Romeo & Juliet: Choose Your Own Ending
nytheatre.com review by Carissa Cordes
August 13, 2011
In the original Romeo and Juliet by Shakespeare, there are two feuding families in fair Verona, the Montagues and the Capulets. Romeo (James Waters), a Montague, is pining after a girl Rosaline (Katie Jeffries). However, Romeo falls in love at first sight with a Capulet, Juliet (Kyra Corradin). After they are hastily married, Juliet’s cousin, Tybalt (Matthew Sparacino), starts a fight with Mercutio (Jayme Bell). Romeo tries to stop the fight but Tybalt slays Mercutio under Romeo’s arm. Romeo pursues Tybalt, killing him. Then Romeo and Juliet have their wedding night and Romeo escapes Verona. The Capulets arrange an immediate marriage for Juliet, so she decides to take a potion, faking her death. The messenger sent to Romeo with the information on Juliet’s plan never reaches Romeo. Romeo hears that Juliet has died so he sneaks in and, seeing Juliet dead, he poisons himself. When Juliet wakes up to see her one love dead next to her, she takes Romeo’s knife/sword and stabs herself.
The young theatre company The Impressionable Players asks the question: what would happen if Romeo did not pursue Juliet, but held out for Rosaline? Well, actually, Romeo asks the audience to decide that question at three pivotal moments of the play: Romeo asks the audience to choose whether or not to pursue Juliet, whether or not to fight Tybalt, and what to do when he is banished. The audience decides with a show of hands and the path of the show is chosen.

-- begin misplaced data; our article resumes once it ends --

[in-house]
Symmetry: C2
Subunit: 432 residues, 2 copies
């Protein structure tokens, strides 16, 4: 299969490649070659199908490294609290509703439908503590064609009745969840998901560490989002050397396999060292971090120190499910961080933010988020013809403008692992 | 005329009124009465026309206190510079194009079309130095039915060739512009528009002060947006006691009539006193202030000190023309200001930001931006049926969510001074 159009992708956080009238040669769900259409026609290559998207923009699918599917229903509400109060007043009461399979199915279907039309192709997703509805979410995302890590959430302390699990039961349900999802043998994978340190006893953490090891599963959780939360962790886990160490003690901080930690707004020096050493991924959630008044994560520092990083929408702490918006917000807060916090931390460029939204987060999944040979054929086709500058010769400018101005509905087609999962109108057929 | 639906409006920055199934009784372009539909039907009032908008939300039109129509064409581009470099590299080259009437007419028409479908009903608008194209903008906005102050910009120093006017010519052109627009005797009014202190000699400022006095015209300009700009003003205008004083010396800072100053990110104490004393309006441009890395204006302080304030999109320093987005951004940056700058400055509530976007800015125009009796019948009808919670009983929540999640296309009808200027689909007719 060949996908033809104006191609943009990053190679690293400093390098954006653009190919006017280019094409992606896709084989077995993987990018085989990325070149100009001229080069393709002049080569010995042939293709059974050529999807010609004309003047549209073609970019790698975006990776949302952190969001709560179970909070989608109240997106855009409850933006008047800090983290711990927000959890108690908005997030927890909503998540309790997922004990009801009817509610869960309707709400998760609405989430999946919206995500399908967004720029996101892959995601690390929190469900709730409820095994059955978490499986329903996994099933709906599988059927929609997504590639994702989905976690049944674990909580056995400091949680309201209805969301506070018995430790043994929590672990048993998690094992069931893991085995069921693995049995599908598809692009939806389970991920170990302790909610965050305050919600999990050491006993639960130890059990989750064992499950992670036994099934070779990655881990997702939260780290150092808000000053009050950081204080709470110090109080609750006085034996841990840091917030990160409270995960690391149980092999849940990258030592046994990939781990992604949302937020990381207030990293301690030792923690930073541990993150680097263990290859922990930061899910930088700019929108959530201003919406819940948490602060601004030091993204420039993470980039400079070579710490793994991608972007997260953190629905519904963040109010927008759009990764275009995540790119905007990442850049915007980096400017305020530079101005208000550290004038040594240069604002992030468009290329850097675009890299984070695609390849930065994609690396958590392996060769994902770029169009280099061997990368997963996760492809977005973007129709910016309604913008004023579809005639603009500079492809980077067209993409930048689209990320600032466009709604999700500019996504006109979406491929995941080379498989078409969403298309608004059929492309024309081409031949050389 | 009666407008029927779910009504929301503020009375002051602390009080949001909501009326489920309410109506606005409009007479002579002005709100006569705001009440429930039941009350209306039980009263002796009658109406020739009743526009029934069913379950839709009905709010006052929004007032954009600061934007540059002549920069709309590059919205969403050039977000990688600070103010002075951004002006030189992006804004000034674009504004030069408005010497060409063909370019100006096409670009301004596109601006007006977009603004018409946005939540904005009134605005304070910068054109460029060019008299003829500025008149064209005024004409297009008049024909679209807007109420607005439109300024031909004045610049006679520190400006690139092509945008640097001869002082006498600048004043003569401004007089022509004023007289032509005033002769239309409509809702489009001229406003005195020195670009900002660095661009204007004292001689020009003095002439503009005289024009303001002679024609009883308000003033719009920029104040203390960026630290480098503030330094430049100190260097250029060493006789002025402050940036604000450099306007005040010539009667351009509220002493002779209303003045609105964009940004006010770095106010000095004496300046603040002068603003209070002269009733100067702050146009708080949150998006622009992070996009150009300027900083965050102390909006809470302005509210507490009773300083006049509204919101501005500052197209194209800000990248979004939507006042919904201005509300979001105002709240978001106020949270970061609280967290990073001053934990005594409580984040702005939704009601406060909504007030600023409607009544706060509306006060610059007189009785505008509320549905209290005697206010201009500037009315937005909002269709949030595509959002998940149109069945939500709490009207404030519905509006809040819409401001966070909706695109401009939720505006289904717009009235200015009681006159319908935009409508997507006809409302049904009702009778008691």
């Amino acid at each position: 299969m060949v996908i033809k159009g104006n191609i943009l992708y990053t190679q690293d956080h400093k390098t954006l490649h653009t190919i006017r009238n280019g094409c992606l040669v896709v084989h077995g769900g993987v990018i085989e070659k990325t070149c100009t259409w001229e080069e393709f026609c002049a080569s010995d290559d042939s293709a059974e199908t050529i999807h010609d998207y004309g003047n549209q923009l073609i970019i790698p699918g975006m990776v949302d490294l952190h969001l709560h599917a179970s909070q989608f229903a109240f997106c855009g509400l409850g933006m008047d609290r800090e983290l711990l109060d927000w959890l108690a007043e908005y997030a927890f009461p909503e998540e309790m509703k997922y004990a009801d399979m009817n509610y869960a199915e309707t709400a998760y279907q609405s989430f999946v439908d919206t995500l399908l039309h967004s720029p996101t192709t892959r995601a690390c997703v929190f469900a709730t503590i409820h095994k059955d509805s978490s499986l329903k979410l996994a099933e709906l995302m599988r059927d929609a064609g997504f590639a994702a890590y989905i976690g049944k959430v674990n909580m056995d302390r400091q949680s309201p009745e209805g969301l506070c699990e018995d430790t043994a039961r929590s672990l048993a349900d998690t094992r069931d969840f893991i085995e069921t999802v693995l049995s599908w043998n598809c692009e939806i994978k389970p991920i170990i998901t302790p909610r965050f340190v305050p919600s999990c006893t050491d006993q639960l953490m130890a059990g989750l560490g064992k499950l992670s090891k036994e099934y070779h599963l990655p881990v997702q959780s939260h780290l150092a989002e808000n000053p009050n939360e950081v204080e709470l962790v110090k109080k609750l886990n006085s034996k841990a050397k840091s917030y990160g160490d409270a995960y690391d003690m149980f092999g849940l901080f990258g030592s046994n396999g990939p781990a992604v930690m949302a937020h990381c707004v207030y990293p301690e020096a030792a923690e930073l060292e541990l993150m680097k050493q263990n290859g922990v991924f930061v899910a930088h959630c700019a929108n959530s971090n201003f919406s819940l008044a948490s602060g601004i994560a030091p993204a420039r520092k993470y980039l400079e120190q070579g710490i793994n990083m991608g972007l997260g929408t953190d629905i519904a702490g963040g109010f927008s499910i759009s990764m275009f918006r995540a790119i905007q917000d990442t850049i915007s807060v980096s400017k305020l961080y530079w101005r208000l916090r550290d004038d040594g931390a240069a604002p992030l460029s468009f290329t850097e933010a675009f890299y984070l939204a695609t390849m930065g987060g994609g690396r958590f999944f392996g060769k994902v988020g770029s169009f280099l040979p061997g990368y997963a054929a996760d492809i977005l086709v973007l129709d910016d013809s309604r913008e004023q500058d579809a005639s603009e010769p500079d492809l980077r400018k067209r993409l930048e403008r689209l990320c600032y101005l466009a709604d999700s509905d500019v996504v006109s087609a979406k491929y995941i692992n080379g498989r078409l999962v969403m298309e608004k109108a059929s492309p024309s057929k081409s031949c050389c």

Using some of Shakespeare’s original text and splicing it with modern language turned into Elizabethan verse, the cast charges full force into one of eight stories. Their version starts with a prologue, half modern and half original text. The story begins with Romeo pining for Rosaline and the tone is immediately set for a comedic performance. The version I saw was a primarily comedic performance with a few dramatic moments.
I understand there are a few endings with hidden characters and surprise endings. My audience decided Romeo should not meet Juliet and stick it out for Rosaline and fight Tybalt. Mercutio lived, but Benvolio (Rob Mueller) and Juliet were the star-crossed lovers.
These young players have high energy and a lot of enthusiasm. There is a lot of tongue-in-cheek humor with some great specific moments and overall the show is enjoyable. The performance I saw did have some of the technical misfortune that falls upon FringeNYC shows with some of the lights not working….it made for a very interesting, yet unintentional, look.
There are the makings of some serious physical comics in Jayme Bell and Rob Mueller. Rosaline (Katie Jeffries) is perhaps the most interesting character. With Jeffries skillfully playing the comedic and dramatic moments, she was a delight to watch. Kyra Corradin’s Juliet is fascinating in that it is not a typical Juliet; she takes charge and is kind of goofy.
Romeo and Juliet: Choose Your Own Ending is a pick for anyone looking for some high-energy comedy poking (a little) fun at the Bard.